As of 23 March, the Office's name has changed to the European Union Intellectual Property Office (EUIPO).

The name of the unitary trade mark administered by the Office has changed to the European Union trade mark.

These changes took effect upon the entry into force of Regulation (EU) 2015/2424.

With the CJEU´s ruling on 17 February 2016, a lengthy saga concerning Adidas might have come to an end. After contesting everything from two to five stripes, creating and using an abundance of case law, logging a fair share of hours in the courtroom, it might have all- at least in the EU- come down to one thing: acquired distinctiveness.

On 26 February 2016, the European General Court (EGC) upheld OHIM´s decision dated 13 May 2014 and ruled in favor of Renfro Corp., deciding that the name “HOT SOX” for hosiery is not descriptive and does not lack distinctiveness.

The Federal Administrative Court in Switzerland recently ruled that Apple’s home button cannot be registered as a trademark as it lacks distinctive character. The Court did not find it evident that the mark had acquired distinctiveness. (Judgement B-2418_2014 of 17 February 2016).

As you might already be aware, the European trademark law and practice has been subject to some changes in recent months which may also affect your registered Community Trademark(s) or your International Registration(s) designating the EU. We would, therefore, like to provide our clients with a brief overview of the most important changes and point out where it might be appropriate to take action. The information contained in this letter is of general nature, but we are, of course, always available in case of questions and for further explanations. Should we, in addition, see any need for you to take specific actions regarding your own trademarks, we will contact you individually during the next weeks and inform you accordingly.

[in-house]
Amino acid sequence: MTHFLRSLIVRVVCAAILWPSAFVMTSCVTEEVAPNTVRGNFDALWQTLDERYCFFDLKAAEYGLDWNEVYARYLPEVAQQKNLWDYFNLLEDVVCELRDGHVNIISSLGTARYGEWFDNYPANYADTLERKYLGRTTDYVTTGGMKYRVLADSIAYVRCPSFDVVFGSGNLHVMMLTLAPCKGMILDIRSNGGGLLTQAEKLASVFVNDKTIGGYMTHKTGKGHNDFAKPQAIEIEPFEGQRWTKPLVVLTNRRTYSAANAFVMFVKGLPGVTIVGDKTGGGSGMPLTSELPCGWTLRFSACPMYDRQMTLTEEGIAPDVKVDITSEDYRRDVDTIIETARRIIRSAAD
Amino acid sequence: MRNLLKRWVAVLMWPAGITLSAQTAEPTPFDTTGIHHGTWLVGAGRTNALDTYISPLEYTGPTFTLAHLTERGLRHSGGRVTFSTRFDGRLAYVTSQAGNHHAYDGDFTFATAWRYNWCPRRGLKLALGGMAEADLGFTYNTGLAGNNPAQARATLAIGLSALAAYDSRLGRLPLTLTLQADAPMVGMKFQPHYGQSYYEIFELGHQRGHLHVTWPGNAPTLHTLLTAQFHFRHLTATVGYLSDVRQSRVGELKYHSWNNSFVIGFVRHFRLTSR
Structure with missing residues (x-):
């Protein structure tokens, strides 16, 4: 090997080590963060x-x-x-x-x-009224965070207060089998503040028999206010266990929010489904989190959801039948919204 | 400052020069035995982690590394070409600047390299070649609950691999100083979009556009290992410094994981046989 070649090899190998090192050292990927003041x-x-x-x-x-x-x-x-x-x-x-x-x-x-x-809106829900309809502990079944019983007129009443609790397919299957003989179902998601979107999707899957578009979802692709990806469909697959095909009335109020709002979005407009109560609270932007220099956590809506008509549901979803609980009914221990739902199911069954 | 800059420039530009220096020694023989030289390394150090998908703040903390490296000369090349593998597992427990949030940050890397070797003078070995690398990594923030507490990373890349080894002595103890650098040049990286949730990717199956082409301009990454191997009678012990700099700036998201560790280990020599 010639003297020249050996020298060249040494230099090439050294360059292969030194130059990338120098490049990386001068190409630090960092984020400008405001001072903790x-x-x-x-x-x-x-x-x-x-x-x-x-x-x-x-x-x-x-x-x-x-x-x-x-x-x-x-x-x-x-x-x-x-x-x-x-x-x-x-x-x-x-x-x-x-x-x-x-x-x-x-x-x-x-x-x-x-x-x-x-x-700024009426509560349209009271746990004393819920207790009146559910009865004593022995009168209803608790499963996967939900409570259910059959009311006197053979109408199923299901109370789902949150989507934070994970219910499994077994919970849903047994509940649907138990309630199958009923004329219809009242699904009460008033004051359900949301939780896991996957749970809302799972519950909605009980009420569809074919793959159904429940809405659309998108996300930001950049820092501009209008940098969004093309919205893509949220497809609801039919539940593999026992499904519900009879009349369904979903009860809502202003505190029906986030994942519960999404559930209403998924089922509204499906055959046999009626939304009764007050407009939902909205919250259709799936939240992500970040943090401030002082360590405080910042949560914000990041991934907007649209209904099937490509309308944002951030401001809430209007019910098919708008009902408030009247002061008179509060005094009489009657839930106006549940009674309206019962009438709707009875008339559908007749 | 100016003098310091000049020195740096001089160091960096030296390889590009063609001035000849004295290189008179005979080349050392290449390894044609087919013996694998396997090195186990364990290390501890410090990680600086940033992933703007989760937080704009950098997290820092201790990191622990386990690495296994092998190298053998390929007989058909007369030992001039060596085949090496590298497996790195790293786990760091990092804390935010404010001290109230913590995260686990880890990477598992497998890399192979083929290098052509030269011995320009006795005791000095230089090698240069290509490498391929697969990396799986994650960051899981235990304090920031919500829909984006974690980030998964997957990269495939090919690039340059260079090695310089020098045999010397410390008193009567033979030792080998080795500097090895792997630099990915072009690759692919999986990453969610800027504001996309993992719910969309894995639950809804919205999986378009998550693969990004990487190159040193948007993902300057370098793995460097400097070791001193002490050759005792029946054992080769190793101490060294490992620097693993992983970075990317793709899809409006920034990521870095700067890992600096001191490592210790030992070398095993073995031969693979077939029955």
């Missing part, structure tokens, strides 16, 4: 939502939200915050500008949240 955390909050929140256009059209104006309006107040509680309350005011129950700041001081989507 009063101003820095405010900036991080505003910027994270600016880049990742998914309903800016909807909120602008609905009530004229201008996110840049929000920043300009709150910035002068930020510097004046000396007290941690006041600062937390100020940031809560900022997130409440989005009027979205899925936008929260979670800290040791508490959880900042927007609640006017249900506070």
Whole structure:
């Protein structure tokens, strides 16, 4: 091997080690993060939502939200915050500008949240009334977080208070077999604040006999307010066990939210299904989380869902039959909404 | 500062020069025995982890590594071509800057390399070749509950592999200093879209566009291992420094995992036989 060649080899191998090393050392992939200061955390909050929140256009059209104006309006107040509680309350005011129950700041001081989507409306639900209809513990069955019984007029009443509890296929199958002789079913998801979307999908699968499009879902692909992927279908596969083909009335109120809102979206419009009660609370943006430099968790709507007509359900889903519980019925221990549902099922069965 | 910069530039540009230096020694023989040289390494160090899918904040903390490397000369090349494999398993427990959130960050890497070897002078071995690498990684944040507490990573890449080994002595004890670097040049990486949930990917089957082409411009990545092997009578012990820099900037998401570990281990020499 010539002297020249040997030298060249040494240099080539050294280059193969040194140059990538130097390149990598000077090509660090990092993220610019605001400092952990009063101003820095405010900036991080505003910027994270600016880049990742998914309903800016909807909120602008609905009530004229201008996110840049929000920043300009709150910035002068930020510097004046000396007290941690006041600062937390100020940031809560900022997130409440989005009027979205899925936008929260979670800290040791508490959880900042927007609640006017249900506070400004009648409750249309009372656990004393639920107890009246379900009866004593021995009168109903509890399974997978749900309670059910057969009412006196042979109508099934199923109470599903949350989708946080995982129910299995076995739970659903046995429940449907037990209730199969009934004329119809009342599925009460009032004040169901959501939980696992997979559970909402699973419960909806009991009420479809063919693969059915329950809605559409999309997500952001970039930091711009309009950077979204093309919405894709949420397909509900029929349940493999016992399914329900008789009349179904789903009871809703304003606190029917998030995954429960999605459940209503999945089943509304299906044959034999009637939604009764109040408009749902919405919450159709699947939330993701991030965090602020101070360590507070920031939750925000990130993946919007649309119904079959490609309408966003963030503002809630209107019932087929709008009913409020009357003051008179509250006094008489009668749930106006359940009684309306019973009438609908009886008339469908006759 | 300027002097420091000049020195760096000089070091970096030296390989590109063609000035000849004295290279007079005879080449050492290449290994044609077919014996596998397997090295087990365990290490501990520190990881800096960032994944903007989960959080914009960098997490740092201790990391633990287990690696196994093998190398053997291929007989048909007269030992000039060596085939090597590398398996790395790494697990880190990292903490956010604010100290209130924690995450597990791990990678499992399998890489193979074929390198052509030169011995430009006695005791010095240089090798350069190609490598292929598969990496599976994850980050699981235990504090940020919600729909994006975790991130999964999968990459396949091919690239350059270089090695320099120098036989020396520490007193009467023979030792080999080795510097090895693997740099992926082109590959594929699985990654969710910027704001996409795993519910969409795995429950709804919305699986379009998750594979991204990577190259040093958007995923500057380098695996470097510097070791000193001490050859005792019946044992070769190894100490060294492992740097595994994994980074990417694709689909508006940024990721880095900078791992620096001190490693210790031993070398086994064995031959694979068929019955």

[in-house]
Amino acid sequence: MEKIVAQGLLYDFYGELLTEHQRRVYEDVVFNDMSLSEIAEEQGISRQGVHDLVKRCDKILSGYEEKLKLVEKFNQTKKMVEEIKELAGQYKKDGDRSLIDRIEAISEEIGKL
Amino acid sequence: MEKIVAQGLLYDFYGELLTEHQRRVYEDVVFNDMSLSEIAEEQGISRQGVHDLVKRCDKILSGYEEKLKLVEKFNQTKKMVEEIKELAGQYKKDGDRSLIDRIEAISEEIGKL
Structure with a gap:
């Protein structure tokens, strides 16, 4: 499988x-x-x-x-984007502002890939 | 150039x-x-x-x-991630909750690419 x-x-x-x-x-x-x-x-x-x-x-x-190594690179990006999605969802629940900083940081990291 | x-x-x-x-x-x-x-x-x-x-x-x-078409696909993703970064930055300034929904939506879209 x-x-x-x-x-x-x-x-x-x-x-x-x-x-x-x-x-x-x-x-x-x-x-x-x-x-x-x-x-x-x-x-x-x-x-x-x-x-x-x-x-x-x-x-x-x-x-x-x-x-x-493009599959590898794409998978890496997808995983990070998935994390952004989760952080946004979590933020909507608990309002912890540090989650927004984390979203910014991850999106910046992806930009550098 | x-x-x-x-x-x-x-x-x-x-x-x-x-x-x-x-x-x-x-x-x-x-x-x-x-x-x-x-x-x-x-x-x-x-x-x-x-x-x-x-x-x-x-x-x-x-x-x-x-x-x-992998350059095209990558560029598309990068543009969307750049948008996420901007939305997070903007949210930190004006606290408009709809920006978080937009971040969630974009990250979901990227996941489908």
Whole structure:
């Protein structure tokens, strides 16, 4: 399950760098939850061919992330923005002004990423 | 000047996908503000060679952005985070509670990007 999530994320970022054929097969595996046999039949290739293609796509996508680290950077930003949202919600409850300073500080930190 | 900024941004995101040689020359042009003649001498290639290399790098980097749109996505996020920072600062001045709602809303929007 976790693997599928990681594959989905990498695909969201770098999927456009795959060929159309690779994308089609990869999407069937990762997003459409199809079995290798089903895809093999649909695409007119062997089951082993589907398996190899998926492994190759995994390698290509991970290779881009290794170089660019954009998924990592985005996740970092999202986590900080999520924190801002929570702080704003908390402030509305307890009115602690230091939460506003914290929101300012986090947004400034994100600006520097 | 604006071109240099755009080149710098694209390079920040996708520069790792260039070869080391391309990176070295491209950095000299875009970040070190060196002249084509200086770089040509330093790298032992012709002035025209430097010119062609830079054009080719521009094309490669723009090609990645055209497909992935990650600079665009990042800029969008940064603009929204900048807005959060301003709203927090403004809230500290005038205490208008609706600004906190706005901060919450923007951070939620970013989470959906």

The European General Court (EGC) decided that the sole shape of the crest of the FC Barcelona has no distinctive character neither itself or through use (Judgment dated 10 December 2015; Case No.: T-615/14).

Background of the Case and Subject Matter  

On 24 April 2013, Fútbol Club Barcelona (FC Barcelona) filed an application for registration of a Community Trademark (CTM) at the Office for Harmonization in the Internal Market (OHIM). The figurative mark in respect of which registration was sought is the shape of the crest of the FC Barcelona (see below) for – among others – stationery, clothing items and sports activities.

The European General Court (EGC) ruled that the shape of the new Coca-Cola bottle cannot be protected as a three-dimensional trademark because it is devoid of any distinctive character (Case T-411/14, Judgement of 24 February 2016).

Background of the Case and Subject Matter

In December 2011, the famous Coca-Cola Company Ltd filed an application for registration of a Community Trademark (CTM) at the Office for Harmonization in the Internal Market (OHIM) for the following three-dimensional mark for - inter alia – metallic, glass and plastic bottles:

The German Federal Court of Justice (BGH) ruled that smartphone apps can – in principal – be protected as work titles (Case I ZR 202/14, Judgement of 28 January 2016).

Background of the Case and Subject Matter

Every April 26 – the day on which the World Intellectual Property Office (WIPO) Convention came into force in 1970 – the World Intellectual Property Day is celebrated to promote discussions of the role of intellectual property in encouraging innovation and creativity. The WIPO’s member states designated this day with the aim of increasing the general understanding of intellectual property, including trademarks, copyrights, designs, patents, utility models etc. Each year, a special topic and focus is picked.

The World Intellectual Property Organization (WIPO), a specialized agency of the United Nations headquartered in Geneva, Switzerland, has recently published the Global Innovation Index (GII) Report about the latest trends in intellectual property (IP) activity worldwide. Patent and Trademark filings showed a strong growth in 2014 while industrial design applications declined for the first time in two decades.